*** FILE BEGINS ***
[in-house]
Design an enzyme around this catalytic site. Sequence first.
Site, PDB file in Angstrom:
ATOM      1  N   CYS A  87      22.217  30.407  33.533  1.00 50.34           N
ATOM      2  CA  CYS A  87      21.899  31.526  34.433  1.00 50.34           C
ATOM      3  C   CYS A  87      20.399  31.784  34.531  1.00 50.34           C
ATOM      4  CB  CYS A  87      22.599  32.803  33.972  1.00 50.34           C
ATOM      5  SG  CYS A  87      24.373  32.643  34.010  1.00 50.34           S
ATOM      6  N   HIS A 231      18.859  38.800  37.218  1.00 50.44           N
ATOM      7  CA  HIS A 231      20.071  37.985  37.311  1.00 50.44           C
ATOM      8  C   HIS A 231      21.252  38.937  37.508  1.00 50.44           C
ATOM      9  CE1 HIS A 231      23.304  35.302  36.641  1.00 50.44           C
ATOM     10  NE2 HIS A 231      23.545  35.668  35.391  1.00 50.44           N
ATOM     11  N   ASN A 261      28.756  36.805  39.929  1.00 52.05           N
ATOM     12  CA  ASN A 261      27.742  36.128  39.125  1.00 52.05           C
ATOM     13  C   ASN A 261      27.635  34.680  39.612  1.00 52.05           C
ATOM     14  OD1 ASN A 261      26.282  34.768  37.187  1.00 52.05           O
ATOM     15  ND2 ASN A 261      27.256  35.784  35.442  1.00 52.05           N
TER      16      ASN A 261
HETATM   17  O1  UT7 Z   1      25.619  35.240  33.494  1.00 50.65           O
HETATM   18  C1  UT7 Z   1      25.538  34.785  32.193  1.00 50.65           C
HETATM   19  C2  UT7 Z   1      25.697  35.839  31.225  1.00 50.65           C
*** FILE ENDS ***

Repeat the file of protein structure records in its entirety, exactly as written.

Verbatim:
[in-house]
Design an enzyme around this catalytic site. Sequence first.
Site, PDB file in Angstrom:
ATOM      1  N   CYS A  87      22.217  30.407  33.533  1.00 50.34           N
ATOM      2  CA  CYS A  87      21.899  31.526  34.433  1.00 50.34           C
ATOM      3  C   CYS A  87      20.399  31.784  34.531  1.00 50.34           C
ATOM      4  CB  CYS A  87      22.599  32.803  33.972  1.00 50.34           C
ATOM      5  SG  CYS A  87      24.373  32.643  34.010  1.00 50.34           S
ATOM      6  N   HIS A 231      18.859  38.800  37.218  1.00 50.44           N
ATOM      7  CA  HIS A 231      20.071  37.985  37.311  1.00 50.44           C
ATOM      8  C   HIS A 231      21.252  38.937  37.508  1.00 50.44           C
ATOM      9  CE1 HIS A 231      23.304  35.302  36.641  1.00 50.44           C
ATOM     10  NE2 HIS A 231      23.545  35.668  35.391  1.00 50.44           N
ATOM     11  N   ASN A 261      28.756  36.805  39.929  1.00 52.05           N
ATOM     12  CA  ASN A 261      27.742  36.128  39.125  1.00 52.05           C
ATOM     13  C   ASN A 261      27.635  34.680  39.612  1.00 52.05           C
ATOM     14  OD1 ASN A 261      26.282  34.768  37.187  1.00 52.05           O
ATOM     15  ND2 ASN A 261      27.256  35.784  35.442  1.00 52.05           N
TER      16      ASN A 261
HETATM   17  O1  UT7 Z   1      25.619  35.240  33.494  1.00 50.65           O
HETATM   18  C1  UT7 Z   1      25.538  34.785  32.193  1.00 50.65           C
HETATM   19  C2  UT7 Z   1      25.697  35.839  31.225  1.00 50.65           C